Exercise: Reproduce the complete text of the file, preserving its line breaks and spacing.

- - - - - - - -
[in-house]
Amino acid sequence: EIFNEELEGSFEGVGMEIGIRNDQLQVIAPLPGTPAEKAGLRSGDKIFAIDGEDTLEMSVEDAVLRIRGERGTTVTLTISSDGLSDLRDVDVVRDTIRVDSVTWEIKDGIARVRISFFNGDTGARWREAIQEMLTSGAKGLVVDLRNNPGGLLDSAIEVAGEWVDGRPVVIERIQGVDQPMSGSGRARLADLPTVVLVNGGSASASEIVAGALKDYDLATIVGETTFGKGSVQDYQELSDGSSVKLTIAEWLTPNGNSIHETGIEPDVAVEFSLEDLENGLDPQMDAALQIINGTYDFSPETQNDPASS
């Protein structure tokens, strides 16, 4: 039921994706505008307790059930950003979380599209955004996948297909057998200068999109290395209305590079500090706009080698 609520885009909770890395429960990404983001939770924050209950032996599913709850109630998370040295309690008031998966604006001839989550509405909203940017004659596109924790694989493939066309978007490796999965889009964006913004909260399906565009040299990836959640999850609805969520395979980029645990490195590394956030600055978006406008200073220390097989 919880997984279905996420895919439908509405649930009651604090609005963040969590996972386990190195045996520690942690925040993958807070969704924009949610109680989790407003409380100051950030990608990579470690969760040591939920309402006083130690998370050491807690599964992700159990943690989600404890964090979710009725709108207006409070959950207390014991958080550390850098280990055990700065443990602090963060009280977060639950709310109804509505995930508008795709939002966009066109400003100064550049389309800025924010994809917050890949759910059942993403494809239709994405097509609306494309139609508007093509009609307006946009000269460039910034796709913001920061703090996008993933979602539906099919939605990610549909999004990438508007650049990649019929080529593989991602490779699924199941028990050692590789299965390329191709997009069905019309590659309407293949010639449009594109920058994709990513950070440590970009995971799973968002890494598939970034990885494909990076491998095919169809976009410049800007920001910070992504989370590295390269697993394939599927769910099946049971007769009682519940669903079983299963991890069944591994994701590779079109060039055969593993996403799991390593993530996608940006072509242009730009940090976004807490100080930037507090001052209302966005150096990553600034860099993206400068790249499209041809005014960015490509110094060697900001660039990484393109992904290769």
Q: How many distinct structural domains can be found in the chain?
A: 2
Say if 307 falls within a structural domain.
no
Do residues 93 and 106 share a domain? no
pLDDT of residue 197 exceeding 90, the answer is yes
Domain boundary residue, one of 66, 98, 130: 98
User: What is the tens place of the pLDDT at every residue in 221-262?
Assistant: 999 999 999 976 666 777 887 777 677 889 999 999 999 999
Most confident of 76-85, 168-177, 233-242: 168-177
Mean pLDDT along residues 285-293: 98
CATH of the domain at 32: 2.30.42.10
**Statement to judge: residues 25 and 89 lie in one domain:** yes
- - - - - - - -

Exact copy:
[in-house]
Amino acid sequence: EIFNEELEGSFEGVGMEIGIRNDQLQVIAPLPGTPAEKAGLRSGDKIFAIDGEDTLEMSVEDAVLRIRGERGTTVTLTISSDGLSDLRDVDVVRDTIRVDSVTWEIKDGIARVRISFFNGDTGARWREAIQEMLTSGAKGLVVDLRNNPGGLLDSAIEVAGEWVDGRPVVIERIQGVDQPMSGSGRARLADLPTVVLVNGGSASASEIVAGALKDYDLATIVGETTFGKGSVQDYQELSDGSSVKLTIAEWLTPNGNSIHETGIEPDVAVEFSLEDLENGLDPQMDAALQIINGTYDFSPETQNDPASS
């Protein structure tokens, strides 16, 4: 039921994706505008307790059930950003979380599209955004996948297909057998200068999109290395209305590079500090706009080698 609520885009909770890395429960990404983001939770924050209950032996599913709850109630998370040295309690008031998966604006001839989550509405909203940017004659596109924790694989493939066309978007490796999965889009964006913004909260399906565009040299990836959640999850609805969520395979980029645990490195590394956030600055978006406008200073220390097989 919880997984279905996420895919439908509405649930009651604090609005963040969590996972386990190195045996520690942690925040993958807070969704924009949610109680989790407003409380100051950030990608990579470690969760040591939920309402006083130690998370050491807690599964992700159990943690989600404890964090979710009725709108207006409070959950207390014991958080550390850098280990055990700065443990602090963060009280977060639950709310109804509505995930508008795709939002966009066109400003100064550049389309800025924010994809917050890949759910059942993403494809239709994405097509609306494309139609508007093509009609307006946009000269460039910034796709913001920061703090996008993933979602539906099919939605990610549909999004990438508007650049990649019929080529593989991602490779699924199941028990050692590789299965390329191709997009069905019309590659309407293949010639449009594109920058994709990513950070440590970009995971799973968002890494598939970034990885494909990076491998095919169809976009410049800007920001910070992504989370590295390269697993394939599927769910099946049971007769009682519940669903079983299963991890069944591994994701590779079109060039055969593993996403799991390593993530996608940006072509242009730009940090976004807490100080930037507090001052209302966005150096990553600034860099993206400068790249499209041809005014960015490509110094060697900001660039990484393109992904290769």
Q: How many distinct structural domains can be found in the chain?
A: 2
Say if 307 falls within a structural domain.
no
Do residues 93 and 106 share a domain? no
pLDDT of residue 197 exceeding 90, the answer is yes
Domain boundary residue, one of 66, 98, 130: 98
User: What is the tens place of the pLDDT at every residue in 221-262?
Assistant: 999 999 999 976 666 777 887 777 677 889 999 999 999 999
Most confident of 76-85, 168-177, 233-242: 168-177
Mean pLDDT along residues 285-293: 98
CATH of the domain at 32: 2.30.42.10
**Statement to judge: residues 25 and 89 lie in one domain:** yes